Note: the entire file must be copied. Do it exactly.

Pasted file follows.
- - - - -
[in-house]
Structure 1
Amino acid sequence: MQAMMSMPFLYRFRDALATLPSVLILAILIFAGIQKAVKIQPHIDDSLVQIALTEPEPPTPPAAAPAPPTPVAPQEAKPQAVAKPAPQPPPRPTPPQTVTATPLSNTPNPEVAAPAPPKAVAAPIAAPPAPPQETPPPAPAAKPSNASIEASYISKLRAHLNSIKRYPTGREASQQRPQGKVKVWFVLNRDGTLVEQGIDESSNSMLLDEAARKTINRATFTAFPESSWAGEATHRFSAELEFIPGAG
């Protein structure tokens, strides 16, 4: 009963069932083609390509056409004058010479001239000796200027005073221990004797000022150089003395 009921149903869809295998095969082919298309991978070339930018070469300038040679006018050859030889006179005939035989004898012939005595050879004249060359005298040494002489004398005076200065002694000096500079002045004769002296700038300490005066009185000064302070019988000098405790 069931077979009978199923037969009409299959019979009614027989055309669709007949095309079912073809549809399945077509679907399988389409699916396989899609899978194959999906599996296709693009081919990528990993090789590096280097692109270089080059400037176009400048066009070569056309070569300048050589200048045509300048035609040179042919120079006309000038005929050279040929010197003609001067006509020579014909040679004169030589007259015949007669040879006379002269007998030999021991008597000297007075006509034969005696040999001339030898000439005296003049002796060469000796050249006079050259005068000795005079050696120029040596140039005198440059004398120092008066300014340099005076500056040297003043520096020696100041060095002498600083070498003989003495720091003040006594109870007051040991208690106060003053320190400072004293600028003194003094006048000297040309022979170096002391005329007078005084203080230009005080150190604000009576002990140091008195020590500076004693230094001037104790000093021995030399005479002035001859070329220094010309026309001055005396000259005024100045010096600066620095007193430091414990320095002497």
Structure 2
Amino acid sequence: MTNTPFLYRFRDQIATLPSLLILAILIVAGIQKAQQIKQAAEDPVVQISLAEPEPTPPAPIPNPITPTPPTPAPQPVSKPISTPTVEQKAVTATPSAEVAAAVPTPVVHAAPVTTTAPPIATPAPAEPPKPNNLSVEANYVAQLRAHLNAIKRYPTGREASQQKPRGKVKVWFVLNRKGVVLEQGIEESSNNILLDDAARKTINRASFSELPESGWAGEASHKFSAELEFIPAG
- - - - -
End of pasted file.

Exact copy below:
[in-house]
Structure 1
Amino acid sequence: MQAMMSMPFLYRFRDALATLPSVLILAILIFAGIQKAVKIQPHIDDSLVQIALTEPEPPTPPAAAPAPPTPVAPQEAKPQAVAKPAPQPPPRPTPPQTVTATPLSNTPNPEVAAPAPPKAVAAPIAAPPAPPQETPPPAPAAKPSNASIEASYISKLRAHLNSIKRYPTGREASQQRPQGKVKVWFVLNRDGTLVEQGIDESSNSMLLDEAARKTINRATFTAFPESSWAGEATHRFSAELEFIPGAG
């Protein structure tokens, strides 16, 4: 009963069932083609390509056409004058010479001239000796200027005073221990004797000022150089003395 009921149903869809295998095969082919298309991978070339930018070469300038040679006018050859030889006179005939035989004898012939005595050879004249060359005298040494002489004398005076200065002694000096500079002045004769002296700038300490005066009185000064302070019988000098405790 069931077979009978199923037969009409299959019979009614027989055309669709007949095309079912073809549809399945077509679907399988389409699916396989899609899978194959999906599996296709693009081919990528990993090789590096280097692109270089080059400037176009400048066009070569056309070569300048050589200048045509300048035609040179042919120079006309000038005929050279040929010197003609001067006509020579014909040679004169030589007259015949007669040879006379002269007998030999021991008597000297007075006509034969005696040999001339030898000439005296003049002796060469000796050249006079050259005068000795005079050696120029040596140039005198440059004398120092008066300014340099005076500056040297003043520096020696100041060095002498600083070498003989003495720091003040006594109870007051040991208690106060003053320190400072004293600028003194003094006048000297040309022979170096002391005329007078005084203080230009005080150190604000009576002990140091008195020590500076004693230094001037104790000093021995030399005479002035001859070329220094010309026309001055005396000259005024100045010096600066620095007193430091414990320095002497």
Structure 2
Amino acid sequence: MTNTPFLYRFRDQIATLPSLLILAILIVAGIQKAQQIKQAAEDPVVQISLAEPEPTPPAPIPNPITPTPPTPAPQPVSKPISTPTVEQKAVTATPSAEVAAAVPTPVVHAAPVTTTAPPIATPAPAEPPKPNNLSVEANYVAQLRAHLNAIKRYPTGREASQQKPRGKVKVWFVLNRKGVVLEQGIEESSNNILLDDAARKTINRASFSELPESGWAGEASHKFSAELEFIPAG